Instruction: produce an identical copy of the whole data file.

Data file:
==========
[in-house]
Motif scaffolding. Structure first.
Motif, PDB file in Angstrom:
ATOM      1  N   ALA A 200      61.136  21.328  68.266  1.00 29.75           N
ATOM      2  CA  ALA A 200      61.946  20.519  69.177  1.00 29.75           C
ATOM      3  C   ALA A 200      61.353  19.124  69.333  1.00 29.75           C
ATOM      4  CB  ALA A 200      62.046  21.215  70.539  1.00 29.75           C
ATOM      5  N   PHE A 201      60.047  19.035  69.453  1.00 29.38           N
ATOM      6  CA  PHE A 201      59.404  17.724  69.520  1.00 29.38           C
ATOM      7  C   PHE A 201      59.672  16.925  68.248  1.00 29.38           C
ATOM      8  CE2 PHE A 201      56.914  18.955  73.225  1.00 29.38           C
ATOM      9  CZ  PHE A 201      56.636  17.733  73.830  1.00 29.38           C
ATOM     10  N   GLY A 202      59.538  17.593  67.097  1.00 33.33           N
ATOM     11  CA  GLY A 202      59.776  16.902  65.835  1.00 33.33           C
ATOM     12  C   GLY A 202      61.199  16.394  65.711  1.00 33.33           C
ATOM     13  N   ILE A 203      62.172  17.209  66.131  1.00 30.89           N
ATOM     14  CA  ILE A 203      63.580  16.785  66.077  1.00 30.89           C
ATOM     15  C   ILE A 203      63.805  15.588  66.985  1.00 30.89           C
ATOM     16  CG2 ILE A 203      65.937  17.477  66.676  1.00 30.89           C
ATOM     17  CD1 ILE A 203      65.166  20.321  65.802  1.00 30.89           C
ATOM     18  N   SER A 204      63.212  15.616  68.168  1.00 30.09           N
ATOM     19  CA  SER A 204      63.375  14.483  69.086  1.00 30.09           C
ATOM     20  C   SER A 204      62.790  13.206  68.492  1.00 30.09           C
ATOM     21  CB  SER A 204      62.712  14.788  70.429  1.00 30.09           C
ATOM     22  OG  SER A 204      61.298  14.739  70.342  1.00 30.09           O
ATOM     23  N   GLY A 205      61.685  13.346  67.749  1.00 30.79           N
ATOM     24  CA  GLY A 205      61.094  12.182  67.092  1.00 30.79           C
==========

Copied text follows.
[in-house]
Motif scaffolding. Structure first.
Motif, PDB file in Angstrom:
ATOM      1  N   ALA A 200      61.136  21.328  68.266  1.00 29.75           N
ATOM      2  CA  ALA A 200      61.946  20.519  69.177  1.00 29.75           C
ATOM      3  C   ALA A 200      61.353  19.124  69.333  1.00 29.75           C
ATOM      4  CB  ALA A 200      62.046  21.215  70.539  1.00 29.75           C
ATOM      5  N   PHE A 201      60.047  19.035  69.453  1.00 29.38           N
ATOM      6  CA  PHE A 201      59.404  17.724  69.520  1.00 29.38           C
ATOM      7  C   PHE A 201      59.672  16.925  68.248  1.00 29.38           C
ATOM      8  CE2 PHE A 201      56.914  18.955  73.225  1.00 29.38           C
ATOM      9  CZ  PHE A 201      56.636  17.733  73.830  1.00 29.38           C
ATOM     10  N   GLY A 202      59.538  17.593  67.097  1.00 33.33           N
ATOM     11  CA  GLY A 202      59.776  16.902  65.835  1.00 33.33           C
ATOM     12  C   GLY A 202      61.199  16.394  65.711  1.00 33.33           C
ATOM     13  N   ILE A 203      62.172  17.209  66.131  1.00 30.89           N
ATOM     14  CA  ILE A 203      63.580  16.785  66.077  1.00 30.89           C
ATOM     15  C   ILE A 203      63.805  15.588  66.985  1.00 30.89           C
ATOM     16  CG2 ILE A 203      65.937  17.477  66.676  1.00 30.89           C
ATOM     17  CD1 ILE A 203      65.166  20.321  65.802  1.00 30.89           C
ATOM     18  N   SER A 204      63.212  15.616  68.168  1.00 30.09           N
ATOM     19  CA  SER A 204      63.375  14.483  69.086  1.00 30.09           C
ATOM     20  C   SER A 204      62.790  13.206  68.492  1.00 30.09           C
ATOM     21  CB  SER A 204      62.712  14.788  70.429  1.00 30.09           C
ATOM     22  OG  SER A 204      61.298  14.739  70.342  1.00 30.09           O
ATOM     23  N   GLY A 205      61.685  13.346  67.749  1.00 30.79           N
ATOM     24  CA  GLY A 205      61.094  12.182  67.092  1.00 30.79           C